Disability, Augmentative Communication, and the American Dream

Disability, Augmentative Communication, and the American Dream : A Qualitative Inquiry

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In Disability, Augmentative Communication, and the American Dream the authors use a qualitative "mixed methods" study framed by analytical insights from disability studies to show how disability is not just an individual experience but a social phenomenon. The book focuses on the life story of Jon Feucht, a man who was born with a form of cerebral palsy that left him impaired in his lower and upper body and unable to speak without the use of an assistive communication device. He eventually overcame all odds and achieved academic success, and is currently a doctoral candidate in education leadership and policy.show more

Product details

  • Hardback | 148 pages
  • 157.48 x 231.14 x 17.78mm | 816.46g
  • Lexington Books
  • Lanham, MD, United States
  • English
  • 12 black & white illustrations
  • 0739188941
  • 9780739188941

Review quote

This is a collaborative work by University of Wisconsin-Whitewater sociologists Berger and Flad with education professor Feucht, who as a man living with cerebral palsy recounts his experiences in schooling, his achievement of a master's degree in special education, and his development of a summer camp program for adolescents using augmentative communication devices. The first chapter reviews critical disability studies research in theory and method. It is very concise and perhaps one of the most comprehensible treatments of the contradictions and promises of that field and emancipatory-participatory methods...[A]n important contribution to disability studies and exemplary in its collaborative methodology. Summing Up: Highly recommended. All academic levels/libraries. CHOICE Ronald J. Berger, Jon A. Feucht, and Jennifer Flad follow through on C. Wright Mills's promise of the sociological imagination. They make a significant contribution to the field of disability studies by illuminating the socio-historical context of Jon's everyday life as they articulate his experience with cerebral palsy. -- Jeremy L. Brunson, Gallaudet University This instructive book provides a fine-grained glimpse into the life of a man with cerebral palsy-his flaws and self-doubts, his real problems and real achievements. Grounded in a mixed qualitative methods study of one young man as an agent of change, the book is a concrete example of research that engages all three co-authors in a process inquiry, reflection, and learning. This book realizes its ambitious goal to help readers understand disability not just as an individual experience but also a social phenomenon in which we all participate. -- Laura Lorenz, Brandeis Universityshow more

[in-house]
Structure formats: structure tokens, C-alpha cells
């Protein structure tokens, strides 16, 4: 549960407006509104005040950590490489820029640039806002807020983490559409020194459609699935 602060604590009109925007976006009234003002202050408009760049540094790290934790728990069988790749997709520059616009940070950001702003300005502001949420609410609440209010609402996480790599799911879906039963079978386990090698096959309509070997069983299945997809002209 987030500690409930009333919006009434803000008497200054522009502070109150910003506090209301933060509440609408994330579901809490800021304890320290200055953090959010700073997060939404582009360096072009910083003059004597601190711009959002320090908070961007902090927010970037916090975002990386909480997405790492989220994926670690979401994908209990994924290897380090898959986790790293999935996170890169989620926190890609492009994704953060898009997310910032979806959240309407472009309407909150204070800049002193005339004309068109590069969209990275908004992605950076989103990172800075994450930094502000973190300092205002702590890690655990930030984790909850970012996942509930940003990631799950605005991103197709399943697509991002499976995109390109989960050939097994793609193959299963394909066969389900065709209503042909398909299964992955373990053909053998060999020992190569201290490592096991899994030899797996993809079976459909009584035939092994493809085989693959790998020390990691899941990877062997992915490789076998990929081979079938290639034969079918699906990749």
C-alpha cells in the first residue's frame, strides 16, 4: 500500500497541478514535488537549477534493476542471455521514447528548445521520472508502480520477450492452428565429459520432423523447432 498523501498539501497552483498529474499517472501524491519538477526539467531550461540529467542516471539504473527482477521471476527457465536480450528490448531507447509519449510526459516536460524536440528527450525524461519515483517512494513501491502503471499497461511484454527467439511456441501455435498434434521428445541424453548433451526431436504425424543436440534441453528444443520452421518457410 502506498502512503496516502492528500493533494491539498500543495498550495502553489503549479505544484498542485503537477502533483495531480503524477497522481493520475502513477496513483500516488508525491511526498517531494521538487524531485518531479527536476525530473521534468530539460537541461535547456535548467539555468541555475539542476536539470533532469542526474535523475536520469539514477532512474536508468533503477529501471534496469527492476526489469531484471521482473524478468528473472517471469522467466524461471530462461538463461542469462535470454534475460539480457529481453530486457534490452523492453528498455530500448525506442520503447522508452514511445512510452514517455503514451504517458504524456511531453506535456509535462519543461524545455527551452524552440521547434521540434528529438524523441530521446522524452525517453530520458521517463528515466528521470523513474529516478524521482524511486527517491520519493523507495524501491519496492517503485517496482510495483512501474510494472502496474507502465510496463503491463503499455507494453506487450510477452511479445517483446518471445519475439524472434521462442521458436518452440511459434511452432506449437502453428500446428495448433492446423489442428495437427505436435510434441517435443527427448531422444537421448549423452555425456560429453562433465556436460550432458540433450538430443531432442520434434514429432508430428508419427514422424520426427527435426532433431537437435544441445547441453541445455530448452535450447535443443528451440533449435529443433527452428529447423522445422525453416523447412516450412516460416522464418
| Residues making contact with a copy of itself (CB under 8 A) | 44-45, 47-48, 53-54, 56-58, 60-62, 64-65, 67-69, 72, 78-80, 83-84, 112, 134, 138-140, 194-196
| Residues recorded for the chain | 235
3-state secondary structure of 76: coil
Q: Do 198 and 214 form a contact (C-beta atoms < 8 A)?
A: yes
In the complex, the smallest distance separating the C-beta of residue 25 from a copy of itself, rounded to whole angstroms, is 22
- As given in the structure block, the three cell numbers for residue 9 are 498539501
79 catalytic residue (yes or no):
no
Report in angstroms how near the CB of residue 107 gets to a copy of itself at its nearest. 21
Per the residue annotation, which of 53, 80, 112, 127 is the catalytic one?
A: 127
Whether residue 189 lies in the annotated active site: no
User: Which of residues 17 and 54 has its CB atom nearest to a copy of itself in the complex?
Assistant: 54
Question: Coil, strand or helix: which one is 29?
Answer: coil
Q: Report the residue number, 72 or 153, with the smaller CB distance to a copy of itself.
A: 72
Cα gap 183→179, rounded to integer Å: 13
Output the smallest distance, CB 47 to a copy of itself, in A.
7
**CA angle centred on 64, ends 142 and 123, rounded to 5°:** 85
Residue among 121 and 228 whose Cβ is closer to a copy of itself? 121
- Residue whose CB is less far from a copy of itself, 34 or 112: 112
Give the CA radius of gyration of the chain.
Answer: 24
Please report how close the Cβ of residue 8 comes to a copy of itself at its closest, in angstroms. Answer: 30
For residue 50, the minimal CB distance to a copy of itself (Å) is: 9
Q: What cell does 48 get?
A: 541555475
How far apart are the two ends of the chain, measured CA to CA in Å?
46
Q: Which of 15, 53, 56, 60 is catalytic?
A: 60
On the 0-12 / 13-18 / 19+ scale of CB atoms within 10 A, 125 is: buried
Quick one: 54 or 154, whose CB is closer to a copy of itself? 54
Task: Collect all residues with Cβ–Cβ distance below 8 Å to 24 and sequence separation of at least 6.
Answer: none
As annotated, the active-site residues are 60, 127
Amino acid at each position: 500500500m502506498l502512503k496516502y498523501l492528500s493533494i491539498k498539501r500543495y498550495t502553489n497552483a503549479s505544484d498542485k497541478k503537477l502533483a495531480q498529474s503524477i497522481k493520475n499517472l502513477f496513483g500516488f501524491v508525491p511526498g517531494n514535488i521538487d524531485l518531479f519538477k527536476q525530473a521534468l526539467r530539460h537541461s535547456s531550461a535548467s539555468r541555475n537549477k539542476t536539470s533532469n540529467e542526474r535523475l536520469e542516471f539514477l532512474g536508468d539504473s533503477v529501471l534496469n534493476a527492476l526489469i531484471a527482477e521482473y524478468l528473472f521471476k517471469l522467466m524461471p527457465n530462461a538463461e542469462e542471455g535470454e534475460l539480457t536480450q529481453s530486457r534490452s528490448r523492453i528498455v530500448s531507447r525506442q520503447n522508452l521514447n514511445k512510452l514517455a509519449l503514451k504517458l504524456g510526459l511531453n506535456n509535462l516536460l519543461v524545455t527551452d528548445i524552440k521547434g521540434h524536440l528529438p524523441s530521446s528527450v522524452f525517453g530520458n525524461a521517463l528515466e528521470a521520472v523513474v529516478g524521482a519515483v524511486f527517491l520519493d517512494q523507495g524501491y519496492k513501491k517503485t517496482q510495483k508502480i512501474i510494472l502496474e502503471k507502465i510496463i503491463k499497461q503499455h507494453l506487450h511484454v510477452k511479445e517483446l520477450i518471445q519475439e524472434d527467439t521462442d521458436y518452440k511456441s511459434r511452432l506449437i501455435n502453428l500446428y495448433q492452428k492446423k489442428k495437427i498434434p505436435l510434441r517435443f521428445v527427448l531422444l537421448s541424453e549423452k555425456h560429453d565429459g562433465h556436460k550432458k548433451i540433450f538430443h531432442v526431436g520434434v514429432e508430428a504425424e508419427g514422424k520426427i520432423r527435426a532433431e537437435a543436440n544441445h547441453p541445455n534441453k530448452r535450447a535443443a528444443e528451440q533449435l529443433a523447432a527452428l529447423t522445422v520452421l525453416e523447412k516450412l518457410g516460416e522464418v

About Ronald J. Berger

Ronald J. Berger is professor of sociology at the University of Wisconsin-Whitewater and author of fifteen books, including Introducing Disability Studies and Hoop Dreams on Wheels: Disability and the Competitive Wheelchair Athlete. Jon A. Feucht earned his master's degree in special education at the University of Wisconsin-Whitewater and is a doctoral student in educational leadership and policy at East Tennessee State University. Jennifer Flad is assistant professor of sociology at the University of Wisconsin-Whitewater.show more

Table of contents

Preface Introduction Chapter 1: Disability and the Individual in Society Part I: The Life History Chapter 2: Growing Up with Cerebral Palsy Chapter 3: Finding a Voice Chapter 4: Days of Gloom, Days of Joy Part II: Participant Observation Chapter 5: Authentic Voices of America: A Relational Ethnography Chapter 6: Travels with Jon and Sarah: A Journey Through Space and Time Conclusion Chapter 7: Disability, Multiculturalism, and the American Dream About the Authorsshow more